'Of Mice and Men'by John Steinbeck
Character Study: Crooks the stable-buck
by Christopher Webb
In the novel "Of Mice and Men" the character of Crooks is used by John Steinbeck, the author, to symbolise the marginalisation of the black community occurring at the time in which the novel is set. Crooks is also significant as he provides an insight into the reality of the American Dream and the feelings of all the ranchers: their loneliness and need for company and human interaction. The reader has to decide whether Crooks deserves sympathy, or if he is just a cruel, bitter and gruff stable-buck.
Crooks is a black man, but at the time the novel was written, blacks were referred to as "niggers", meant as a white insult. Being a nigger, Crooks is ostracised by the whites at the ranch and he resents this. As he says (p. 74) "If I say something, why it's just a nigger sayin' it" and this shows his anger at being pushed to the side. Being oppressed has made him seem cruel and gruff, but also has turned him to self-pity and the notion that he is a lesser human. He says to Lennie (p. 72) "You got no right to come in my room.....You go on get outa my room. I ain't wanted in the bunkhouse and you ain't wanted in my room." He continues by saying that the whites believe he stinks and one can interpret this as a way of saying that the whites would find it a disgrace that a nigger should breathe the same bunkhouse air as them. "S'pose you couldn't go into the bunkhouse and play rummy 'cause you was black...Sure, you could play horseshoes 'til dark, but then you have to read books." shows that Crooks pities his own circumstances and vulnerability. However (p. 73) "his tone was a little more friendly" and (p. 77) "I didn't mean to scare you" gives us the impression that Crooks has a kind heart under his blunt exterior.
Crooks brings into perspective the loneliness experienced by all the characters in "Of Mice and Men" by saying (p. 77) "Sure, you could play horseshoes till it got dark, but then you got to read books. Books ain't no good. A guy needs someone - to be near him. A guys goes nuts if he ain't got nobody. Don't make no difference who the guy is, long's he's with you. I tell ya, a guy gets too lonely, an' he gets sick." He is telling of the need for human interaction, the need for company and the need for someone to care and provide security. The oppression Crooks experiences in living in a barn and not in the bunkhouse where he could play rummy as one of the group leads him to this desperate plea to be realised as equal. Just because when he cuts himself, the blood he bleeds is looked upon as different from a white perspective, this does not mean he is not entitled to benefit from human nature. John Steinbeck is portraying here the feelings of Americans of his day and age: their aloneness and their salvation - in the American Dream.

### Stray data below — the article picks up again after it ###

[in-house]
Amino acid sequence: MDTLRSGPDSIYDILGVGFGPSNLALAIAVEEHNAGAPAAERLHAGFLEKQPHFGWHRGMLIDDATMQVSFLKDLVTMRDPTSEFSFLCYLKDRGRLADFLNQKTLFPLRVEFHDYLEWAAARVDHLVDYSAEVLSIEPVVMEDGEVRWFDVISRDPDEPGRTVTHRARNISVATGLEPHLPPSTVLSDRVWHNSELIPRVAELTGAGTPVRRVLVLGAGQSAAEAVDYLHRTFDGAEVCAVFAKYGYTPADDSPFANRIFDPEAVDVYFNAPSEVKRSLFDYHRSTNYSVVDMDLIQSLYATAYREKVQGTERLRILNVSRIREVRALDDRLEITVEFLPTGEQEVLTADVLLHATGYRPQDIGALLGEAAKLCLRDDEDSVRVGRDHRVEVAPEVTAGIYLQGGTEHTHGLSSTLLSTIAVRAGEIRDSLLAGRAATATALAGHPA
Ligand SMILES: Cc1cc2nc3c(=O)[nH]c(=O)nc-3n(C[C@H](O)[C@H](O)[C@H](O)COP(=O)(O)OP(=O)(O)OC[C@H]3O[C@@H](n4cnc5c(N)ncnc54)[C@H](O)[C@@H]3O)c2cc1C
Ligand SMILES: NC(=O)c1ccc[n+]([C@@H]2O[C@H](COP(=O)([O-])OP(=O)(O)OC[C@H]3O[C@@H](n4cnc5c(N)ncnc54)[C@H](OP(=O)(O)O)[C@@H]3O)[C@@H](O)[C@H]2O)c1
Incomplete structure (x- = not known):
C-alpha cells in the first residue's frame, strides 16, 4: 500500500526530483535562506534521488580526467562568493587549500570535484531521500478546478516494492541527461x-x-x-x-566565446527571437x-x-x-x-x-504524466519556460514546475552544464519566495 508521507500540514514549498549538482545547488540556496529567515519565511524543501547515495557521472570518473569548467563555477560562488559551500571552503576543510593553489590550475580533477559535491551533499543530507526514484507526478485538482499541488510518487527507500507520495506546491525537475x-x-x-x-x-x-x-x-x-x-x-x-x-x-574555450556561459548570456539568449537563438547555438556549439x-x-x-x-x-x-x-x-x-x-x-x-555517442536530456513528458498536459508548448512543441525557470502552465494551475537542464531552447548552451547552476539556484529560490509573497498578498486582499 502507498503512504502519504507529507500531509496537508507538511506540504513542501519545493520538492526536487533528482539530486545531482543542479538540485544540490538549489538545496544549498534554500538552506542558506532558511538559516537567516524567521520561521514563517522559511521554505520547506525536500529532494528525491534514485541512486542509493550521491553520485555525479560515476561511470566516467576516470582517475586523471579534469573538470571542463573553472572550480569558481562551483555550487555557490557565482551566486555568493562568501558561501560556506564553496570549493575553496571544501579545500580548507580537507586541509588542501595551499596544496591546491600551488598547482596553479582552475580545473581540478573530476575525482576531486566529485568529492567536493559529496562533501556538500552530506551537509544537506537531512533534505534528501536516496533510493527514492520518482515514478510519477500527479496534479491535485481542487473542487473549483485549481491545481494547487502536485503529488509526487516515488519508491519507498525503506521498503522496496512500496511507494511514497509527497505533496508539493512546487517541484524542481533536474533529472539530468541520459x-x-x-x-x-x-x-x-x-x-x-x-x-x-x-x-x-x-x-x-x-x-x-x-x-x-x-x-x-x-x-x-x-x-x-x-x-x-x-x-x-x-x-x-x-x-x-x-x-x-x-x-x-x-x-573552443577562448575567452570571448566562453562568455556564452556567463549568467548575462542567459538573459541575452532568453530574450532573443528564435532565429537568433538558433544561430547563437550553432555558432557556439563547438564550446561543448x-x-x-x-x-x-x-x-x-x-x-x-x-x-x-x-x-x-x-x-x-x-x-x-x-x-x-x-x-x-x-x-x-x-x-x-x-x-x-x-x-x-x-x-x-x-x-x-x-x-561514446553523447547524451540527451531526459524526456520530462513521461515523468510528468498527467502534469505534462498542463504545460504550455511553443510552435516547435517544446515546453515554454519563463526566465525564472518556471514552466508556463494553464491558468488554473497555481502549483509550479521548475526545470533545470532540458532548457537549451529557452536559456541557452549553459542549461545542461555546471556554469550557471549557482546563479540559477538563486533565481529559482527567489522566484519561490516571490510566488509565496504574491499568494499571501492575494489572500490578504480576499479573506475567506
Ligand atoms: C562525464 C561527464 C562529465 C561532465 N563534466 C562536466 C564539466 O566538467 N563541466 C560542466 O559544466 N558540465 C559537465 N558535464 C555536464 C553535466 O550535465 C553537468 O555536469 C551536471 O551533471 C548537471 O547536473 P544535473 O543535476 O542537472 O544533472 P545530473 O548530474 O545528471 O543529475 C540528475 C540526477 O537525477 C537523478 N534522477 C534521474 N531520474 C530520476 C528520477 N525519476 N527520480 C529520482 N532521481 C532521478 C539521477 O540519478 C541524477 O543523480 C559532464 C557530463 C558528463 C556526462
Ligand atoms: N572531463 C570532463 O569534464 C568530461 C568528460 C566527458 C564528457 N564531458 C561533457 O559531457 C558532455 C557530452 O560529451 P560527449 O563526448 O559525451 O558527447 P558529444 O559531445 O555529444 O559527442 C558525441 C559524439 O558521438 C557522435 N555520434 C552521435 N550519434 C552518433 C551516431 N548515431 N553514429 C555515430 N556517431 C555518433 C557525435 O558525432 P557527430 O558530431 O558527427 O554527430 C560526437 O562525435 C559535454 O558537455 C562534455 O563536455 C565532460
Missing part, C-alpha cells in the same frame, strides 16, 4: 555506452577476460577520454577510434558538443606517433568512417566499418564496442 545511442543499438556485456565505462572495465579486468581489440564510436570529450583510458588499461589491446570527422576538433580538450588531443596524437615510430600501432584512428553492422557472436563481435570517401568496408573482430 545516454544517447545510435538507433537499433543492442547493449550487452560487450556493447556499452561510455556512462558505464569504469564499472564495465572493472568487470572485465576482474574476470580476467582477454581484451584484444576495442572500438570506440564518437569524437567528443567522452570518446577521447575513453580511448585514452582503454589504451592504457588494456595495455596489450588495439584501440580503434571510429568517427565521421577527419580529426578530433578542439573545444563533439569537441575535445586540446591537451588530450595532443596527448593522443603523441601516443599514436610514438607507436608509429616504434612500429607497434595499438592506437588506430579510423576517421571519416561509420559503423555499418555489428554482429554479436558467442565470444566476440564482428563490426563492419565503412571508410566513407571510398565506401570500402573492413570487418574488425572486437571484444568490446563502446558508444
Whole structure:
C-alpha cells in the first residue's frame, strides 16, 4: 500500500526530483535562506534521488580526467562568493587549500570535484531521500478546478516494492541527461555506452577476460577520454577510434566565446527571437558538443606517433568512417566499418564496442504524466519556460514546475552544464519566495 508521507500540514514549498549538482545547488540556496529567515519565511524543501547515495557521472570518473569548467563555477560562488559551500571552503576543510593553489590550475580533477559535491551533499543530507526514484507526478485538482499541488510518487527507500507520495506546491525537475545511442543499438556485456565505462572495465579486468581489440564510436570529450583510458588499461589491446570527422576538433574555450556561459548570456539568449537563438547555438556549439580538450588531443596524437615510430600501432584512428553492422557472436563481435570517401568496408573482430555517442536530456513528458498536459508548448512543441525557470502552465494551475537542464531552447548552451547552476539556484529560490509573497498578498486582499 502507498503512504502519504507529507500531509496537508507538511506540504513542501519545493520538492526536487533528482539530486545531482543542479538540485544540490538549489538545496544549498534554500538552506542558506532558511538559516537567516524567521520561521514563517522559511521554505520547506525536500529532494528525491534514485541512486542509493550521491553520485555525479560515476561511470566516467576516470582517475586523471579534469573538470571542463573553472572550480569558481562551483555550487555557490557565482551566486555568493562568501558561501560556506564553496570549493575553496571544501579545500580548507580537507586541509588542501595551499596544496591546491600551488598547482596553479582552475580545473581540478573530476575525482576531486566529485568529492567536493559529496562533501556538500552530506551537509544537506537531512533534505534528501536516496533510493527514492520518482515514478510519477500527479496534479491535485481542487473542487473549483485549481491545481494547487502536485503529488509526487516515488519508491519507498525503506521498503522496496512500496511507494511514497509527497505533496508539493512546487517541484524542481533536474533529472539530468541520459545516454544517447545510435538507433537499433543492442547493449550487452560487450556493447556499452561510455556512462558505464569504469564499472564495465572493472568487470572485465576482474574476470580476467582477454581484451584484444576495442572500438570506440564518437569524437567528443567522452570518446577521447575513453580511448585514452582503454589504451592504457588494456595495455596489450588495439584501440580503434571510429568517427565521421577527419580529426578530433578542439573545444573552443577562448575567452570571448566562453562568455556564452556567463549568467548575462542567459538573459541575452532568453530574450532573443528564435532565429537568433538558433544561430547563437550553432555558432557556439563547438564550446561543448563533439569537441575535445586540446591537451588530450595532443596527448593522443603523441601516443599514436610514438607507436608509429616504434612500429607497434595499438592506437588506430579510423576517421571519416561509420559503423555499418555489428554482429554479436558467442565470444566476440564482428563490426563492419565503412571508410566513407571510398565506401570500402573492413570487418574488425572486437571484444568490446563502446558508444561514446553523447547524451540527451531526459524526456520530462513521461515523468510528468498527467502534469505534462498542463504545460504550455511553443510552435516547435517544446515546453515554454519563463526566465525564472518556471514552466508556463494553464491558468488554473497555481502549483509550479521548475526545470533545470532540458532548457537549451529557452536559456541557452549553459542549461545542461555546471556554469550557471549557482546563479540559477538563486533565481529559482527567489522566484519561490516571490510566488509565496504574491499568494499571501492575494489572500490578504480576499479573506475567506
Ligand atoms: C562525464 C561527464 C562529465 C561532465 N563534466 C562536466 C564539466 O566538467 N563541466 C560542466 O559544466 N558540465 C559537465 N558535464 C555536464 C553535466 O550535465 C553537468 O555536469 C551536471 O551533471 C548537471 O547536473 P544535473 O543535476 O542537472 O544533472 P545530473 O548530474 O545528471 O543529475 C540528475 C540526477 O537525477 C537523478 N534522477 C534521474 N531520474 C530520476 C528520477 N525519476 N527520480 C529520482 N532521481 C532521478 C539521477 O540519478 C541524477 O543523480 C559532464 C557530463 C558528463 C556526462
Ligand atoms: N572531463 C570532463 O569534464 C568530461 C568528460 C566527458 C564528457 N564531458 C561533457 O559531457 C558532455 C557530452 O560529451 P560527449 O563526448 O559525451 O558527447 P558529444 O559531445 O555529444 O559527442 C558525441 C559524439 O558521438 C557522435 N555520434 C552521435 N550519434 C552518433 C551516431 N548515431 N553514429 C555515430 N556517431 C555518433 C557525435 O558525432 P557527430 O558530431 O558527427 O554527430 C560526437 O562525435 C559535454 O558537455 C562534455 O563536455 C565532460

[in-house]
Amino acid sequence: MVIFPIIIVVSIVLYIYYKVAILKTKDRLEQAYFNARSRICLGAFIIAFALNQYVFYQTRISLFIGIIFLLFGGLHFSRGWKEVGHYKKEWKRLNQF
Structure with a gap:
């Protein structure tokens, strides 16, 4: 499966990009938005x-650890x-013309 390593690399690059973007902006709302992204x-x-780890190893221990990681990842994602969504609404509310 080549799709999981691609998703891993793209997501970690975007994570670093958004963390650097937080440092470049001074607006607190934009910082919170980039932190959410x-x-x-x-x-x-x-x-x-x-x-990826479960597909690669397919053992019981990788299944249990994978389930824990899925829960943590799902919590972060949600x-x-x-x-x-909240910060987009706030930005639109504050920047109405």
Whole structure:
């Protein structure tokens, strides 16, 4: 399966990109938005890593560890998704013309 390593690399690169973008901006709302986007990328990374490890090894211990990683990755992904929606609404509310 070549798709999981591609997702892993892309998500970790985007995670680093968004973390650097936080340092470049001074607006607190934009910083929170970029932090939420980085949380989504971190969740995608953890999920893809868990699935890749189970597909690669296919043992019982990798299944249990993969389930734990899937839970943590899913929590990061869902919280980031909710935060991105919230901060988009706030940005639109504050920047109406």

It becomes apparent that the treatment of Crooks has made him cynical. Whenever the American Dream (i.e. the hope of all ranchers that one day they will have independence, land for themselves and be answerable to no-one) is mentioned he dismisses it. He says scornfully (p. 78) "I seen hundreds of men come by on the road an' on the ranches with their bindles on their backs an' that same damn thing in their heads. Hundreds of them. They come, an' they quit an' go on......An' never a god-damn one of 'em gets it." This stark realism gives us an impression that Crooks has absolutely no hope. However (p. 77) "I remember when I was a little kid....had a strawberry patch. Had an alfalfa patch....Used to turn the chickens out on the alfalfa on a sunny morning" reinforces the idea that everyone has a dream, a goal and a fantasy. Crooks may be pessimistic, yet even he, the marginalised, fearful, gruff, resentful, alone "nigger", has a dream, the hope of one day experiencing the joys of his childhood again.
Should we interpret Crooks as a cynical, evil, unimportant person? After all, he's only an "nigger". Yet one can fell sympathy for this ostracised man who, under his rough exterior, has humanity and all its qualities. Crooks gives us the most vivid picture of life at the time of the novel: its hopes, fears and injustices. And does Crooks also relate to life today? Are we any happier at having houses, independence, freedom of speech? Do you have to be black to experience oppression?